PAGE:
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Here is some information for LT1, LS1, Vortec 4.8, 5.3, 6.0 wiring harnesses. There should be enough here to get you going in the right direction. Some of these I have pictures of completed harnesses I have modified for easy installation. I have a lot of pictures so please be patient and let them load. If you find this information useful, or have suggestion on something to add, let me know, I will try to get it done. My goal is to help the hobbyist to be able to complete a harness transformation by them self. I would only hope you send the PCM to me when it comes time for it. I do not charge for ANY information.
1992 to 1997 LT1 5.7 and L99 4.3 Wiring Harness Info Includes: Camaro/Firebird, Corvette, Caprice/Impala, Roadmaster
1996 to 1999 Vortec 4.3/5.0/5.7/7.4L Harness Schematics and INFO.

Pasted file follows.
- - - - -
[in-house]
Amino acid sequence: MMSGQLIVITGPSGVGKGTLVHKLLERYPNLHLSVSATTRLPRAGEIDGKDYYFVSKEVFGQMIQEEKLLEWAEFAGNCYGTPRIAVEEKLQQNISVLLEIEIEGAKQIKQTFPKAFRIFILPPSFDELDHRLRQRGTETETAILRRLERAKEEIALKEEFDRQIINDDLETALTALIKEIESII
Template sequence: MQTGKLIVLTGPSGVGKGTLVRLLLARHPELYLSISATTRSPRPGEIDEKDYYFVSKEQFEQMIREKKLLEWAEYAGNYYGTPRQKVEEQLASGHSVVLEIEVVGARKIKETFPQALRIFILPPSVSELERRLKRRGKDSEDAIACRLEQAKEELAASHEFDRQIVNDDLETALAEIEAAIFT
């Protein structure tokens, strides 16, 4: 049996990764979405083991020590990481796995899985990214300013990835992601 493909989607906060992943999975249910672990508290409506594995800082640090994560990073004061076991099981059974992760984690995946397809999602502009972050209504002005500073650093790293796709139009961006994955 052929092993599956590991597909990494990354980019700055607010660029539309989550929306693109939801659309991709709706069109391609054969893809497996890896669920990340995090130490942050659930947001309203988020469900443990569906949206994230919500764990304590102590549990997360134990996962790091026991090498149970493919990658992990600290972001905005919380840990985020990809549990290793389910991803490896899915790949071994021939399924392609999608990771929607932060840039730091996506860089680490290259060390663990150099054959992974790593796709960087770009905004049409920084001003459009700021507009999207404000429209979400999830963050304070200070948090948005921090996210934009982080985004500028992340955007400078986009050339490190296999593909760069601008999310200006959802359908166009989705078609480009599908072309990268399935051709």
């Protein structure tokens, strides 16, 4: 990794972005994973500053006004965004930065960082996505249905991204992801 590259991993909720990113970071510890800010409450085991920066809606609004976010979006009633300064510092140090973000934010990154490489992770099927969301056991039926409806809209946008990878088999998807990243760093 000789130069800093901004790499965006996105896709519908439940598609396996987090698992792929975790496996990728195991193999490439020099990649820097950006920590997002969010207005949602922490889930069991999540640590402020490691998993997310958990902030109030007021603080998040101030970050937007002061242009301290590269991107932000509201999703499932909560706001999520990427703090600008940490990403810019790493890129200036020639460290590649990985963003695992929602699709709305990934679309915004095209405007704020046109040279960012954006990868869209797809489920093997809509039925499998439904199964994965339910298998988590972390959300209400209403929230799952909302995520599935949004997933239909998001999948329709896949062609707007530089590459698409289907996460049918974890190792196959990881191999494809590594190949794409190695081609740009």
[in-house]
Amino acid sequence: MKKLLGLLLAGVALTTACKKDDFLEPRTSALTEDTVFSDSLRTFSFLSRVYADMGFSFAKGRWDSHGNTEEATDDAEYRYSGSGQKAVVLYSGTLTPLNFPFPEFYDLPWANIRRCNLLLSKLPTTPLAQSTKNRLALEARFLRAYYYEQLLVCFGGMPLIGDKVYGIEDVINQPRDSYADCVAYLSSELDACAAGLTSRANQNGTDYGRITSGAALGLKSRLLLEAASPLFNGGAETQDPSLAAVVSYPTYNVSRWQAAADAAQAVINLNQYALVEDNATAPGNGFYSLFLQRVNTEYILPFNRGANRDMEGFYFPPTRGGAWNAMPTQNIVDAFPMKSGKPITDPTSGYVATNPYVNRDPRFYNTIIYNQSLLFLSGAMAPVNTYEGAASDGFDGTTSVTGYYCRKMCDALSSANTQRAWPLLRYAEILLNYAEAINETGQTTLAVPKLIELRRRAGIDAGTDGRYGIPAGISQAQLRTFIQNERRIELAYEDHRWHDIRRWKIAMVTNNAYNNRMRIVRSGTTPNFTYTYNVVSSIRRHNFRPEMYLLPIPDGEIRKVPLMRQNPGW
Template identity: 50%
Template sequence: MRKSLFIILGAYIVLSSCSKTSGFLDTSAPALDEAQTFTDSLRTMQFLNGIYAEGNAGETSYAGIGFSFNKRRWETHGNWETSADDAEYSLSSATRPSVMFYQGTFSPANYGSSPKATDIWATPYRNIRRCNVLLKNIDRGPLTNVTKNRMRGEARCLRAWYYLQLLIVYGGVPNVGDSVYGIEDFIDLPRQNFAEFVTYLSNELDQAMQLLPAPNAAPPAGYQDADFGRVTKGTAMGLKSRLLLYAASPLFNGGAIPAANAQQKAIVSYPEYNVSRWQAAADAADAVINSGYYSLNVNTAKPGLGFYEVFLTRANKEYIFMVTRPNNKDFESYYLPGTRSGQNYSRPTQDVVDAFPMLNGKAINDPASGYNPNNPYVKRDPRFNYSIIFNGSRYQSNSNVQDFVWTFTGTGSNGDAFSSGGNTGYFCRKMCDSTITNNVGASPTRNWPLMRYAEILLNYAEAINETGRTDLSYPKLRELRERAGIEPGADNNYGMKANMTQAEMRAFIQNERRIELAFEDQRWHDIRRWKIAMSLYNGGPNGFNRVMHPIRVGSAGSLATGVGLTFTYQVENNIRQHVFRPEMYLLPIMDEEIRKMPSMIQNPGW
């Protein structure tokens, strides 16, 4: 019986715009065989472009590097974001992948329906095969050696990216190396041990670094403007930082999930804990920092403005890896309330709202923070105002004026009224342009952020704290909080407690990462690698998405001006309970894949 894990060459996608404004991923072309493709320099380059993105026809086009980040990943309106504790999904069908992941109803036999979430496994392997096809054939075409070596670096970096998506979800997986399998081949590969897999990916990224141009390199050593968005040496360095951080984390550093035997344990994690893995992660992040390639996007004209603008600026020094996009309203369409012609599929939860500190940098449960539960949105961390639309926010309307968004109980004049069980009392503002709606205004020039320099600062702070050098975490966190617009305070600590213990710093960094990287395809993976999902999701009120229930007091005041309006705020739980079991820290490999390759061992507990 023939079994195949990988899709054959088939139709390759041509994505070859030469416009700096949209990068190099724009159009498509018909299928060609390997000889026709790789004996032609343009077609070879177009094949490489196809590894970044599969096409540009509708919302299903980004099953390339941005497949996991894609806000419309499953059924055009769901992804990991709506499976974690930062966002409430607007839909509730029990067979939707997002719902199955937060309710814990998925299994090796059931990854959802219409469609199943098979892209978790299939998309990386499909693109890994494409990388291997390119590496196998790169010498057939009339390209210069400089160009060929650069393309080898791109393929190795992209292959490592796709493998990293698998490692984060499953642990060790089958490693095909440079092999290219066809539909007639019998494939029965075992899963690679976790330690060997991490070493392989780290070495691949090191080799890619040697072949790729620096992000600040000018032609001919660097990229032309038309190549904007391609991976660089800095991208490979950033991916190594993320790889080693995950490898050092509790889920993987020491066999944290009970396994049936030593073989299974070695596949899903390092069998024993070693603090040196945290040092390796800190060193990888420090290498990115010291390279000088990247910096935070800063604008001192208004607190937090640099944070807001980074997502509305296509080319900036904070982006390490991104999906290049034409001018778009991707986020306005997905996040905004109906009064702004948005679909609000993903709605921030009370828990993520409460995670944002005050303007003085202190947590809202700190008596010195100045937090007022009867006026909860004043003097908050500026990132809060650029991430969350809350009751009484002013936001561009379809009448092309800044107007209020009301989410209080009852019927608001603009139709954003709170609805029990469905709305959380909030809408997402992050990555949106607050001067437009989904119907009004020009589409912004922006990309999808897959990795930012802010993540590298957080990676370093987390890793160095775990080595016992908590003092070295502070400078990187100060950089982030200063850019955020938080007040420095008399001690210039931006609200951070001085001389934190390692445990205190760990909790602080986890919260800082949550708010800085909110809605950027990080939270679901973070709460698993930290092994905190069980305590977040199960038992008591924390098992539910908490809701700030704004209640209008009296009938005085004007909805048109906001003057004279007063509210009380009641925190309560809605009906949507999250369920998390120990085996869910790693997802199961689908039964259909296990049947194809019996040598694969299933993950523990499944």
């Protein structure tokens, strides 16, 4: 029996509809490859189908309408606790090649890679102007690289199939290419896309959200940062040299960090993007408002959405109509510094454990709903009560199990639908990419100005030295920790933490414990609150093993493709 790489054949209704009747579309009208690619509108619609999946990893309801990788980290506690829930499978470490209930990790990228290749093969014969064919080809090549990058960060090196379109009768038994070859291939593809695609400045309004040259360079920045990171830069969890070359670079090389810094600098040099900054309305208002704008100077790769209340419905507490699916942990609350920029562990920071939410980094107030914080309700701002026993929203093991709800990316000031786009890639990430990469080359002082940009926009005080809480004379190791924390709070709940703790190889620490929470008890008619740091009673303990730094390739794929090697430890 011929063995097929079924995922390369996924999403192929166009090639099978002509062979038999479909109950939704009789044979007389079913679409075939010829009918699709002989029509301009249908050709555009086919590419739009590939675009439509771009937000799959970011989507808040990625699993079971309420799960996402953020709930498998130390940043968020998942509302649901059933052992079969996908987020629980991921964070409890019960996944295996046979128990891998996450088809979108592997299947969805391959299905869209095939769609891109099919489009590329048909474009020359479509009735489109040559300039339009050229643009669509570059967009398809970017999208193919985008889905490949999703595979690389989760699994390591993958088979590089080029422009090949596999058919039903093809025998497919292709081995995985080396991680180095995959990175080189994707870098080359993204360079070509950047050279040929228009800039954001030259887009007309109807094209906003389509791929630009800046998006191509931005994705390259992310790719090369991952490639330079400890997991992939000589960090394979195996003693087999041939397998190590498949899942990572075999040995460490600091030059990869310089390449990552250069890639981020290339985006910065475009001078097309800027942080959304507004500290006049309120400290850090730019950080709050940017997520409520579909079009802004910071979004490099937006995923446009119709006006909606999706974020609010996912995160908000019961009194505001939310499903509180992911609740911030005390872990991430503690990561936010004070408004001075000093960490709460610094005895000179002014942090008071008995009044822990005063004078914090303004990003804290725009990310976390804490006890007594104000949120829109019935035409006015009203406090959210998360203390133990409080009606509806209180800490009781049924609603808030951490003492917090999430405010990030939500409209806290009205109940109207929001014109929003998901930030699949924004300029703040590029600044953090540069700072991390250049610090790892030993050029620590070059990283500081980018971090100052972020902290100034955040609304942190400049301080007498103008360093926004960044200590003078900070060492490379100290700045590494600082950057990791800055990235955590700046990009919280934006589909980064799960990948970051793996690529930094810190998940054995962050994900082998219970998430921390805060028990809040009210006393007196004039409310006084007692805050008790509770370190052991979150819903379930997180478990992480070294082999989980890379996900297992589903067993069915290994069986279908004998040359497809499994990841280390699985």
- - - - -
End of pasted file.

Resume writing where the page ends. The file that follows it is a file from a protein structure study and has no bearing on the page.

1999 to 2007 Vortec 4.8/5.3/6.0 Harness Wiring Info TONS OF INFO HERE, Please Read all the pages linked.
2010 to 2011 Camaro L99 - LS3 Information, Wiring, and so on
2001 Vortec 8.1L Info
1998 to 2002 Camaro/Firebird harness Wiring Info -New PCM Pinout info specific to 98, 99-02 F-body. 3/30/2013
2004 Pontiac GTO Wiring Harness Info - Wiring harness info specific to the 2004 GTO LS1
Typical 'External' Connections.....this applies to most any GM wiring harness.....
12v+ Battery Connection - The computer requires a battery constant connection. This is so the PCM can remember learned information about the engine over time. This includes idle control, fuel trims, and transmission adapts. Its very important that the battery hot wires (usually ORANGE) are hot all the time.
Key 12v+ Connection* - The PCM also gets 12V+ from a KEY HOT source. This is what 'powers up' the PCM. Its important that this key hot power, along with power to injectors, coils, and so on, STAY HOT when cranking over the engine. Some accessory positions on key switches ARE NOT HOT when cranking. This also includes older vehicles that had POINTS ignition. Even the COIL wire on some of those went dead when cranking. This is because when cranking the coil was boosted to 12v+ through the R terminal on the starter solenoid. After cranking, power was restored to the coil through a resistor, lowering voltage to 6 volts.